My dad gave me a hanging birdfeeder for Christmas. Great gift, right?
Wednesday, December 24, 2008
Wednesday, December 17, 2008
Saturday, December 13, 2008
Ridge Bird Feeders doesn't just produce excellent-quality birdfeeders, they produce GIGANTIC, excellent-quality birdfeeders. In fact, as certified by the Guinness Book of World Records, Ridge Bird Feeders has built the largest birdfeeder in the world. The thing is 8 feet tall! It holds 135 pounds of seed! It's in the great state of Maine!
How was the feeder constructed? Was the process different for your normal-sized feeders?
SG: It was constructed as a duplicate of our feeder design, just larger, white cedar, longer stainless screws, etc. The process was the same with the only difference being Plexiglass braces on the inside of the hopper to keep it wrapped. Of course it is varnished also!
How much seed did it take to fill the feeder up? How were you even able to fill it?
SG: The feeder takes 136 lbs of black oil sun flower seed to fill. If we feed with a smaller seed it might hold more weight. We use a tall ladder and five gallon pails to fill it. We normally only put 50 to 60 lbs at a time in it. Bill just muscles it up.
How did you hang it up and how long did you leave it?
SG: It appears to be hanging but is on a perch. Once it is up it stays up and only comes down to be repaired from the damage done by red squirrels.
Oh so the feeder has been in operation since it was built? How much seed would you guess you've gone through?
SG: The feeder has been feeding for a while, I think it was built in 2006. Seed, that is a good question. We do not go through as much as some people but maybe 800 lbs of black oil sun flower a year.
Do a lot of birds come to the feeder? What species have you seen?
SG: We get quite a few depending on the time of year. We get cardinals, chickadees, nuthatches, finches, grosbeaks, pine siskins, blue jays, doves, woodpeckers and all the ground feeders that go along to name a few.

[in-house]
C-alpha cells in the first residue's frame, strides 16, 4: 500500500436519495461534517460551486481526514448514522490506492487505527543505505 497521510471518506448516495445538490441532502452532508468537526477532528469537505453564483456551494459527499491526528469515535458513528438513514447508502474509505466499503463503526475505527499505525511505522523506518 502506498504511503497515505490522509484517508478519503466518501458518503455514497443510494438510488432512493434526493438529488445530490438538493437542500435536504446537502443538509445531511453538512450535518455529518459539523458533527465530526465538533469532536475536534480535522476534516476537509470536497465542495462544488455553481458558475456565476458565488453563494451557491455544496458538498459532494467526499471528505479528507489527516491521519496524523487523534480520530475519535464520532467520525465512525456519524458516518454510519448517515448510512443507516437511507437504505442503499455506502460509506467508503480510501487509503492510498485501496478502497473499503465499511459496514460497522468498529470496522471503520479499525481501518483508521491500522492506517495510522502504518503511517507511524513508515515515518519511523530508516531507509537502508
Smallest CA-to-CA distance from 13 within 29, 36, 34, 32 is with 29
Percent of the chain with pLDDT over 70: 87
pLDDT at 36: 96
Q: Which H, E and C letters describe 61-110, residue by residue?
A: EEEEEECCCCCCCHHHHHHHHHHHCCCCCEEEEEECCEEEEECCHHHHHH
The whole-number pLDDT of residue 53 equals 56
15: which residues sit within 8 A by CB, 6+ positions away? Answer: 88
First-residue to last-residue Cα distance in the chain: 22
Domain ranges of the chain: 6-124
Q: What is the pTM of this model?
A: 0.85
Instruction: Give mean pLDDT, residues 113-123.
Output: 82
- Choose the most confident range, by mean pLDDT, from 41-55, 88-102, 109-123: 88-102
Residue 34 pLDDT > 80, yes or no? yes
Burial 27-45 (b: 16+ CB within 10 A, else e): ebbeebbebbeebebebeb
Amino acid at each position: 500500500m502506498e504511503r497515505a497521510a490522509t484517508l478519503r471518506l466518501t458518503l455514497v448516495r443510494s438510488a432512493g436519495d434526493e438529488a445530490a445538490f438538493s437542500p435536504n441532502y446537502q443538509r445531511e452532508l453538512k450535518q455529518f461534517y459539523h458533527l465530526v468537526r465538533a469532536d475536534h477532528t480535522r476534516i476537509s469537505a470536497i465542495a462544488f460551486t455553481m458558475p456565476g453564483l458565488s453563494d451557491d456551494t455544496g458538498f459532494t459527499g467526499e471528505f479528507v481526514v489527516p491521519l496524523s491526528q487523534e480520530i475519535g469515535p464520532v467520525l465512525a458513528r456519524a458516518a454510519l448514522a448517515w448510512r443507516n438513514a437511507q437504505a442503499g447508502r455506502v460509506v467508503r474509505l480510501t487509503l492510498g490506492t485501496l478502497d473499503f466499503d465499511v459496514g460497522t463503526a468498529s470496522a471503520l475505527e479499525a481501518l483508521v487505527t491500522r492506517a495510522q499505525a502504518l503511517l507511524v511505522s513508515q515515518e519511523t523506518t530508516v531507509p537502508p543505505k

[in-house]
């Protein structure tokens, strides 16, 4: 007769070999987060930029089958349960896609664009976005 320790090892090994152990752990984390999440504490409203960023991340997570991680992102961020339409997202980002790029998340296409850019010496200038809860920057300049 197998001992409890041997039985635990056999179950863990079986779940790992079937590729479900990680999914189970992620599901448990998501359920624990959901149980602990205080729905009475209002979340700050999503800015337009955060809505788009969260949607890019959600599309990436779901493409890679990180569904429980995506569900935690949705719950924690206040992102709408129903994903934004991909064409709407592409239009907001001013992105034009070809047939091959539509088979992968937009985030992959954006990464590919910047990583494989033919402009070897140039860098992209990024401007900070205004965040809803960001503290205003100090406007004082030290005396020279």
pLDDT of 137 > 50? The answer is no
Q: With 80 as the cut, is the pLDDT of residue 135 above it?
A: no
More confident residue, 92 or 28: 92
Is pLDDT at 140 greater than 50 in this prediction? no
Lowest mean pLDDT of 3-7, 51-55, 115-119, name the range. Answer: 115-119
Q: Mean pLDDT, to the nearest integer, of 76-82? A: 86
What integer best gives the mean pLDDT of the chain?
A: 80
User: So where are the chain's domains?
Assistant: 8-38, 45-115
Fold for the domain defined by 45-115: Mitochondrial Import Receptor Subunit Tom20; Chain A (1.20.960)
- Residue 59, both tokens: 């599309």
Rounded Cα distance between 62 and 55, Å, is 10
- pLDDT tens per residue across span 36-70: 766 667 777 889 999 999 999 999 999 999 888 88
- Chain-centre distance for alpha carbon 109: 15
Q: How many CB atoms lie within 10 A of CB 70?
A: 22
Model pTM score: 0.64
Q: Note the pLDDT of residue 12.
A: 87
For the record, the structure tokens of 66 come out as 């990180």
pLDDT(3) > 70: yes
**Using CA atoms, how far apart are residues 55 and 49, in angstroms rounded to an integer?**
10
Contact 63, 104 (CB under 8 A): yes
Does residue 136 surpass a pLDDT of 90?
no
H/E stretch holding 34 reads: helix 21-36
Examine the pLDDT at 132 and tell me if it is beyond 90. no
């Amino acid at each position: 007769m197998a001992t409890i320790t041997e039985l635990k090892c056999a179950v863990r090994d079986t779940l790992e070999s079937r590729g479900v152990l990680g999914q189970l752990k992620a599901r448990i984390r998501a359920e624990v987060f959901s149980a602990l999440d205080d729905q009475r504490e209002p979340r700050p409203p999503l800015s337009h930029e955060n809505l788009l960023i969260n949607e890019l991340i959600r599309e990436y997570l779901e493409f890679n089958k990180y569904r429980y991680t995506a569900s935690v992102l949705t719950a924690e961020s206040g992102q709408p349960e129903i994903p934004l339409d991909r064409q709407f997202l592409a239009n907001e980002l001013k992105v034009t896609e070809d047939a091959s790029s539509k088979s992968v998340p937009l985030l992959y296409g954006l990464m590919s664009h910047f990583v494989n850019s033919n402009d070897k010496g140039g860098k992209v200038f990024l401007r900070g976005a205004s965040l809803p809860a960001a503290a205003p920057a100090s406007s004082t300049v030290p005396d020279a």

Can you tell me a little bit about the Guinness process? Did someone have to come out and verify what you made?
SG: The Guinness process is pretty cut a dried. You register with them and tell them what record you want to go for and wait for their reply. Once you have it then they send you all the info and all you have to do is follow them to the letter. It took us a year but this was due to the firm that set up our web site and let the ball fall with Guinness. Bill had to pick up the pieces and start all over again...
When we were ready to go for the record we had a reporter from a TV station, WABI TV Bangor, and two people from a community radio station out of Blue Hill, Me., WERU. We had to take the feeder down, measure it, weigh the seed, fill the feeder. We had to take the statements and send a video from the TV broadcast to Guinness. I think we waited 8 weeks and they sent us the paper work that we had the world record.
If you want somebody to come over the pond from Guinness it is extremely expensive and is not required, but the process could have taken only a couple of weeks.
Do you have any plans to build and even BIGGER feeder? Is anyone challenging your record?
SG: Bigger feeder I do not know. Same answer for someone challenging the record. We have not heard. ø
Wednesday, December 10, 2008
First, big news. I got a message today from local Audubon naturalist Eric Hynes. He was looking at an unusual gull off Back Cove in Portland, possibly a California Gull. By the time I was able to get back to Eric, the bird had been flushed by a dog-walker (curses!) and could not be relocated. I checked a couple spots around the Cove to no avail.
Saturday, December 6, 2008
[This post was originally run as a guest post on 10,000 Birds]
Hello 10k Birds readers! Thanks, Mike, for the invite, this is one heck of a site you guys got yourselves.
Like the Orioles, the Blue Jays logo isn't ornithologically perfect. The biggest difference is, of course, that real blue jays have black bills and collars, not dark blue. It's a pretty logo, though, and it's not a bird that traditionally gets the sports-team treatment, so it's OK in my book. These guys, however, must be destroyed. Grade = A-
Labels: birds and sports